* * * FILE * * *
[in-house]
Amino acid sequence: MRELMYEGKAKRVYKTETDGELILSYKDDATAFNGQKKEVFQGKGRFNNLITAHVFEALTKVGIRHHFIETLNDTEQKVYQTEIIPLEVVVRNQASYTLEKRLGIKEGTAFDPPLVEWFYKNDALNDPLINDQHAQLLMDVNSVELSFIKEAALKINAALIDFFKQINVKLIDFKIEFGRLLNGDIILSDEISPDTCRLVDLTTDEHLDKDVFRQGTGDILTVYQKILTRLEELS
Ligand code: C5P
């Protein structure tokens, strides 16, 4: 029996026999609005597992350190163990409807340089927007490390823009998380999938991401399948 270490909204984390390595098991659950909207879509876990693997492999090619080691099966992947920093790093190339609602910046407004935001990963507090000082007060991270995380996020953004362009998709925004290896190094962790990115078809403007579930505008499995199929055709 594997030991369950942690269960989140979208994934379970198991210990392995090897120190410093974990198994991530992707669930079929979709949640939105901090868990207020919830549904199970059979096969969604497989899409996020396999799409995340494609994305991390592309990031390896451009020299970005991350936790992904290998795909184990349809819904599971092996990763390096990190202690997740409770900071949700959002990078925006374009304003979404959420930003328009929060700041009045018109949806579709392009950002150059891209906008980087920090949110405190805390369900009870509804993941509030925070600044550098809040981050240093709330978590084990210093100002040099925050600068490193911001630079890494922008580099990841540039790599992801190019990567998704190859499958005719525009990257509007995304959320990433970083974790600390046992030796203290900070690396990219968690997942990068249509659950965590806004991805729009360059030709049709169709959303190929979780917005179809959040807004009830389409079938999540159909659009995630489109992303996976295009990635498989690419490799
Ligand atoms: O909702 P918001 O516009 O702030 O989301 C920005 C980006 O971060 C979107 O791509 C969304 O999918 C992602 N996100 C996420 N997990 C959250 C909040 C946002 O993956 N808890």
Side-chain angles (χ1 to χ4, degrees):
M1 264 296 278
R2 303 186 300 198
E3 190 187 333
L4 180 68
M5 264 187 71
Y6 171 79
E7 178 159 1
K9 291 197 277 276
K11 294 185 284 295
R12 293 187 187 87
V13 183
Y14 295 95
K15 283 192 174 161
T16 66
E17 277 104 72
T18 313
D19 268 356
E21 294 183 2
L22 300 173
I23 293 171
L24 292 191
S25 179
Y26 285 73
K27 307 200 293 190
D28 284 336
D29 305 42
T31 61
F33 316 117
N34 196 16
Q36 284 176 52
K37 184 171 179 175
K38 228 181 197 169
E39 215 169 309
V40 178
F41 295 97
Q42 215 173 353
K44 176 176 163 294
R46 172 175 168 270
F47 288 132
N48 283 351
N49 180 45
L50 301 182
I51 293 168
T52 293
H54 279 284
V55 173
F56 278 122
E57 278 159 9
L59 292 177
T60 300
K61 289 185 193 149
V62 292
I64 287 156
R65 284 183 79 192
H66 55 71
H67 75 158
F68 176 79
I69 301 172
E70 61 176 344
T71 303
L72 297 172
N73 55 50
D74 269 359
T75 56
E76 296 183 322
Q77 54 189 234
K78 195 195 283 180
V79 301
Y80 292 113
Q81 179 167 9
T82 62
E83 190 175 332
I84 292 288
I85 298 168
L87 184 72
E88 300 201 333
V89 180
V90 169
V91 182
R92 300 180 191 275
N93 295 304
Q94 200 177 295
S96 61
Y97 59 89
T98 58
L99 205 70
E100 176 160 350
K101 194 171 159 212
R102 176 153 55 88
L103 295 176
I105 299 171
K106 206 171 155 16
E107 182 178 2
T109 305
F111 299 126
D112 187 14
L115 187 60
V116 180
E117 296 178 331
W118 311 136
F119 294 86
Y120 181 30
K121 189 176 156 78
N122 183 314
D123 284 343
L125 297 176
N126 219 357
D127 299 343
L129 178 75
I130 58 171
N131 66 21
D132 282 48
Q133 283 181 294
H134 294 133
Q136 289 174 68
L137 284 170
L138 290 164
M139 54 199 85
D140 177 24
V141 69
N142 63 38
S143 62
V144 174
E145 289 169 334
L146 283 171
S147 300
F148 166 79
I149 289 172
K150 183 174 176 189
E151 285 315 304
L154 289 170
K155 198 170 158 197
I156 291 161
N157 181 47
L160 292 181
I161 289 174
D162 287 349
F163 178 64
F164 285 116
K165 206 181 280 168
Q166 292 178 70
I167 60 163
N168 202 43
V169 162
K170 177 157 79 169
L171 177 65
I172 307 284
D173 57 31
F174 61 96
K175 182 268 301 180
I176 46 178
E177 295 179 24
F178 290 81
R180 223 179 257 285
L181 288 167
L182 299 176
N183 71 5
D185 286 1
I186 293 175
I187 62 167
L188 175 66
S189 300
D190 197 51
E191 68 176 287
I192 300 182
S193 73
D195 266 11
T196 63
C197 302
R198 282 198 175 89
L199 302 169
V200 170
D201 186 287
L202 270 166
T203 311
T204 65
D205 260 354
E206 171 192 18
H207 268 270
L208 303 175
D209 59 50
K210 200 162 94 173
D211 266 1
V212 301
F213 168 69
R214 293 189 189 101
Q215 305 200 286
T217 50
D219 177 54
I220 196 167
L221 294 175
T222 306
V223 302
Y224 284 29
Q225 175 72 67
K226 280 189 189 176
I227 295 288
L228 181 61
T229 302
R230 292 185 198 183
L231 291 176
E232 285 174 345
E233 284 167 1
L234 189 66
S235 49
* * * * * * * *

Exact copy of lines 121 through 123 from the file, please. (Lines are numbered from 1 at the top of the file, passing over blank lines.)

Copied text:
Q136 289 174 68
L137 284 170
L138 290 164